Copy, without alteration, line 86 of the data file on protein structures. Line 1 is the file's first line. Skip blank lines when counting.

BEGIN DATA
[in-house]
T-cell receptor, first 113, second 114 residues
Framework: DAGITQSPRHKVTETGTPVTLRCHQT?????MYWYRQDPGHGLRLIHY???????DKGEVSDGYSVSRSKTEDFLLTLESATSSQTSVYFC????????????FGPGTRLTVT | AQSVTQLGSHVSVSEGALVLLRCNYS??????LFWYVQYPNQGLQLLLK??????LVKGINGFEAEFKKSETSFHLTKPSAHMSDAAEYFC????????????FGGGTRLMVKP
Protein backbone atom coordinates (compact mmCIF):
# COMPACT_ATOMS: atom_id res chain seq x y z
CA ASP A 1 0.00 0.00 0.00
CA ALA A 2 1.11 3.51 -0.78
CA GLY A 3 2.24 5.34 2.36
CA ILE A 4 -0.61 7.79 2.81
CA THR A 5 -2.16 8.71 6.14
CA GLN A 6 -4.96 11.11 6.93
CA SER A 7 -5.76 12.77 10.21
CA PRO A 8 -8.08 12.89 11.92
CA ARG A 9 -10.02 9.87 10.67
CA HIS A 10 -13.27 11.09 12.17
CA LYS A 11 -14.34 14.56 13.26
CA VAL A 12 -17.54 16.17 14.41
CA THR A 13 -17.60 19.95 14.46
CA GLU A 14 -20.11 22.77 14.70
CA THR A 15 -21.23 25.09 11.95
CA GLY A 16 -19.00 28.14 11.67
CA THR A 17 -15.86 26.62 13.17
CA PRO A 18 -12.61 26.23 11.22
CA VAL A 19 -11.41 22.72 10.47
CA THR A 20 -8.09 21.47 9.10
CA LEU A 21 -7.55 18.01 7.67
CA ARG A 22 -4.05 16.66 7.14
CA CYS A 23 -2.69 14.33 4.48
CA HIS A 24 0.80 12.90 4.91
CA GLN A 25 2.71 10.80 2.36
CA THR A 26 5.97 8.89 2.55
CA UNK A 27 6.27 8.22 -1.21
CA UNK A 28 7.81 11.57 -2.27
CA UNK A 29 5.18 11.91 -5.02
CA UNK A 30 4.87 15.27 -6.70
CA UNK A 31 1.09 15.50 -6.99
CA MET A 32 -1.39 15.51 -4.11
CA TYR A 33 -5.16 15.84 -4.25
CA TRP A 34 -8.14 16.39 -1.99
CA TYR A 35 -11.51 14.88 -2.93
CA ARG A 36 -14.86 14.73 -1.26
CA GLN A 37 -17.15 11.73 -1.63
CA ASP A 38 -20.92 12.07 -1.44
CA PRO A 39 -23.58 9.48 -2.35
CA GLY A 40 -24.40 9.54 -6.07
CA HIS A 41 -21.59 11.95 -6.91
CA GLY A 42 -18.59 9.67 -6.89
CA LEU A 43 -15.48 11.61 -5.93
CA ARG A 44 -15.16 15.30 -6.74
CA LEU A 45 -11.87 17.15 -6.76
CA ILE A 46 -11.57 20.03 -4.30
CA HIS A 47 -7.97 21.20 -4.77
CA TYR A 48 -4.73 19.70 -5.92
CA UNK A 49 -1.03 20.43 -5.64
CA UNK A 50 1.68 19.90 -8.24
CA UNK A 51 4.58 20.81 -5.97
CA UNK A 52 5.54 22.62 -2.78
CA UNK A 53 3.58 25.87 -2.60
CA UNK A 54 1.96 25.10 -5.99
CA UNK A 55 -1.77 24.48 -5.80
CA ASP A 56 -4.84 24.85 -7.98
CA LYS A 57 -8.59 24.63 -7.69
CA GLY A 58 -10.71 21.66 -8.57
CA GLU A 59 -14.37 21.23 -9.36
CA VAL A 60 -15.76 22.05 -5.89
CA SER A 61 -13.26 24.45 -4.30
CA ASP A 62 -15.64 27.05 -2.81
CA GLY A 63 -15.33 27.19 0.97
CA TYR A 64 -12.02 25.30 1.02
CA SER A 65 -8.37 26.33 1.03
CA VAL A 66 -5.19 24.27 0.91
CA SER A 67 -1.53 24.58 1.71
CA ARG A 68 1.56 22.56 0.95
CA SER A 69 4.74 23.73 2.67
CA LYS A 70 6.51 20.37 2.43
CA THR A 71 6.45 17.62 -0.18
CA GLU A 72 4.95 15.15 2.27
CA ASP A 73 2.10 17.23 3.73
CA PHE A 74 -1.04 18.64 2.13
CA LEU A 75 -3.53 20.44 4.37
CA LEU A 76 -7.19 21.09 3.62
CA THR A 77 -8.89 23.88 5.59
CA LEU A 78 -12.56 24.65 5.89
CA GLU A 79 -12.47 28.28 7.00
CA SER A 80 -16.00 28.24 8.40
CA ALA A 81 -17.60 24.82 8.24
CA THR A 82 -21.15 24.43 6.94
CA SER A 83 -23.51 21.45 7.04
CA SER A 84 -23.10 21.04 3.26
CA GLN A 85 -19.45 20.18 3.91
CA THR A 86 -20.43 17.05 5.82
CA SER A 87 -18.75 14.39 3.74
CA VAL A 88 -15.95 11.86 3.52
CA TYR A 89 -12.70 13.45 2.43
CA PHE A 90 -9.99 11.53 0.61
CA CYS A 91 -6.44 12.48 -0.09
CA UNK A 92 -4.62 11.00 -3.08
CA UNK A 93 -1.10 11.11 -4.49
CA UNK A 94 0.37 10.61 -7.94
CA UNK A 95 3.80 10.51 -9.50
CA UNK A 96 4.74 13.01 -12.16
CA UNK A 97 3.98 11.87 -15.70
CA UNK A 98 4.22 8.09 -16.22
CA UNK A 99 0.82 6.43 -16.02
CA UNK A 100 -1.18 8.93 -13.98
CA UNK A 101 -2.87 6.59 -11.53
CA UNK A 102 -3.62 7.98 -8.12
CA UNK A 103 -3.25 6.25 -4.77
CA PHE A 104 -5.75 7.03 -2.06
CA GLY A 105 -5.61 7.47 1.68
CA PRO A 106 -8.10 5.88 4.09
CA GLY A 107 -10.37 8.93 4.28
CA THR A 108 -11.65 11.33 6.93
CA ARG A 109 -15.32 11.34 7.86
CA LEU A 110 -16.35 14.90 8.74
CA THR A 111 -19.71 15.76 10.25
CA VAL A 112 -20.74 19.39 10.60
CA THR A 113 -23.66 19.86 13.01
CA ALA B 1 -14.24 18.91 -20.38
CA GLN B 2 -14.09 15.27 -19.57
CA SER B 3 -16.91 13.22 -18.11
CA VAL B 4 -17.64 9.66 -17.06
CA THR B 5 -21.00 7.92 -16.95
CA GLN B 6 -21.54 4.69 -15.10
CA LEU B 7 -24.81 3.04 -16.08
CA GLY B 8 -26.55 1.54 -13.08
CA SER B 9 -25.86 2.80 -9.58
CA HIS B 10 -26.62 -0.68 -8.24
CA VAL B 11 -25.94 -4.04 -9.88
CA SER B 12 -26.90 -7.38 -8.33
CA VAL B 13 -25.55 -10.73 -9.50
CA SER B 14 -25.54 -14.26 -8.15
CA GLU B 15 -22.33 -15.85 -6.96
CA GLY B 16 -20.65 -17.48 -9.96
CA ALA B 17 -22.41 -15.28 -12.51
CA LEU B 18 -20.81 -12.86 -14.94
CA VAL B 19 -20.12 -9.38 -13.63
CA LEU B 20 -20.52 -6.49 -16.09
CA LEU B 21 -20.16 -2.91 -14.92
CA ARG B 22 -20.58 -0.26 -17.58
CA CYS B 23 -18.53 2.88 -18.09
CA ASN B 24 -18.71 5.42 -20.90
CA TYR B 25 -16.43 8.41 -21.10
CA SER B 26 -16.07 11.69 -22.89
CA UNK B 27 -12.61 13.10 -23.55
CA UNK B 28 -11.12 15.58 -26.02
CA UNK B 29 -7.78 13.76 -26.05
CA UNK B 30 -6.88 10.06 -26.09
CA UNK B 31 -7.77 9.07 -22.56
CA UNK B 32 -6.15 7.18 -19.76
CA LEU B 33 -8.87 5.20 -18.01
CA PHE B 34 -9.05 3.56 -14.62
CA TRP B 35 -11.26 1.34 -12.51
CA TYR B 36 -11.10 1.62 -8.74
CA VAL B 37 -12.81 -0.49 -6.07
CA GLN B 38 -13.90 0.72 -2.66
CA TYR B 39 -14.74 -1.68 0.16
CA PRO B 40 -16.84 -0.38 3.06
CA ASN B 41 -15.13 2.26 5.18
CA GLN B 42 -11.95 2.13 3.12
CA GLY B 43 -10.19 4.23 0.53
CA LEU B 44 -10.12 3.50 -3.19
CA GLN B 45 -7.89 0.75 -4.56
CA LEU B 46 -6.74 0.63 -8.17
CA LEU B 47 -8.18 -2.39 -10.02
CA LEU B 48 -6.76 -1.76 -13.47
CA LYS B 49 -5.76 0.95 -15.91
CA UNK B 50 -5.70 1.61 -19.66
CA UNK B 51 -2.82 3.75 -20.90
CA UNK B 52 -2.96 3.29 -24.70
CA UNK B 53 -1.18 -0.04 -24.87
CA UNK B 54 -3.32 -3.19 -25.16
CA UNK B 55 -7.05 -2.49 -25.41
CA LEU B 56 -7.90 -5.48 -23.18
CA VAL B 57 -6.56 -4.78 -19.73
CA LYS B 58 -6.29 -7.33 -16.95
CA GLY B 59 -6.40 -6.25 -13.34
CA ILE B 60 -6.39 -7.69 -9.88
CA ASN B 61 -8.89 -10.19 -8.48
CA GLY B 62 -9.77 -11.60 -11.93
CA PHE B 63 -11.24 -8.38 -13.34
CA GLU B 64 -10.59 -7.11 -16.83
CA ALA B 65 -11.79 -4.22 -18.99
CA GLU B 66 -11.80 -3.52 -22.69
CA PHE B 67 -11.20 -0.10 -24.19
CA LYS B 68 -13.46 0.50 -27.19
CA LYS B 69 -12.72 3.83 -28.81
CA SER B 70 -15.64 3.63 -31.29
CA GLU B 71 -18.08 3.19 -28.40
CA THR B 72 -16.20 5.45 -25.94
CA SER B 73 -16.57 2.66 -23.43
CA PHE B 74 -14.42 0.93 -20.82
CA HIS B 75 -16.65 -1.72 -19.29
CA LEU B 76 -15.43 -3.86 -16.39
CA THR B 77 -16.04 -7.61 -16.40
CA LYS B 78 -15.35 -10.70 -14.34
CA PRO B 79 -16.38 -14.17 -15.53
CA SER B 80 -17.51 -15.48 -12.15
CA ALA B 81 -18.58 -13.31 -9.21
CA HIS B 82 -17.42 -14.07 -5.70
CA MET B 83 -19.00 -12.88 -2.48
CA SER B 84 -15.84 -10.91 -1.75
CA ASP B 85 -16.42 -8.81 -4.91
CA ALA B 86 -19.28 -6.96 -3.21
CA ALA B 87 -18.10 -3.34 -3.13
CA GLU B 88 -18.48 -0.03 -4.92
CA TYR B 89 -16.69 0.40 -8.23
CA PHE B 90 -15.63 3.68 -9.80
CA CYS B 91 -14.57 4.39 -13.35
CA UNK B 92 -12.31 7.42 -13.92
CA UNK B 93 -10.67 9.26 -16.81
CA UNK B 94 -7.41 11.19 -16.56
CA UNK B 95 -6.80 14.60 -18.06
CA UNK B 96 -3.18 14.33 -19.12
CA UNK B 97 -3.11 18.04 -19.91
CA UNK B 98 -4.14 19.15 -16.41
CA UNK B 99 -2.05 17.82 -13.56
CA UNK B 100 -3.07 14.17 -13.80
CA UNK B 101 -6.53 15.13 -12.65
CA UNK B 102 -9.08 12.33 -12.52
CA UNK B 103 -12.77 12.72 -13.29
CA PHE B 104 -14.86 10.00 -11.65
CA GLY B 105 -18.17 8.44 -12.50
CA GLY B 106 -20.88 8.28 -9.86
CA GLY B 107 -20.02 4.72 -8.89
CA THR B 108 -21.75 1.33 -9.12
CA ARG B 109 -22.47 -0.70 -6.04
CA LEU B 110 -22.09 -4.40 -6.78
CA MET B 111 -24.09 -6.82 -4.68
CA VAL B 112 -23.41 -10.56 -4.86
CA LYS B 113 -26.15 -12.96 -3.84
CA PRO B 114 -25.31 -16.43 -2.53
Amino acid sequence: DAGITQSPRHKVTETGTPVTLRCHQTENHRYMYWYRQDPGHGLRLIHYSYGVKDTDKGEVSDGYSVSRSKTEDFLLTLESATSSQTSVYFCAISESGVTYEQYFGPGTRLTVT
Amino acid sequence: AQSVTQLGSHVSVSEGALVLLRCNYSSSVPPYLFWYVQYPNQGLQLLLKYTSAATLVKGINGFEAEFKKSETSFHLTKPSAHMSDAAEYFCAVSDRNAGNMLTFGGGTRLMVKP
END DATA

CA ALA A 81 -17.60 24.82 8.24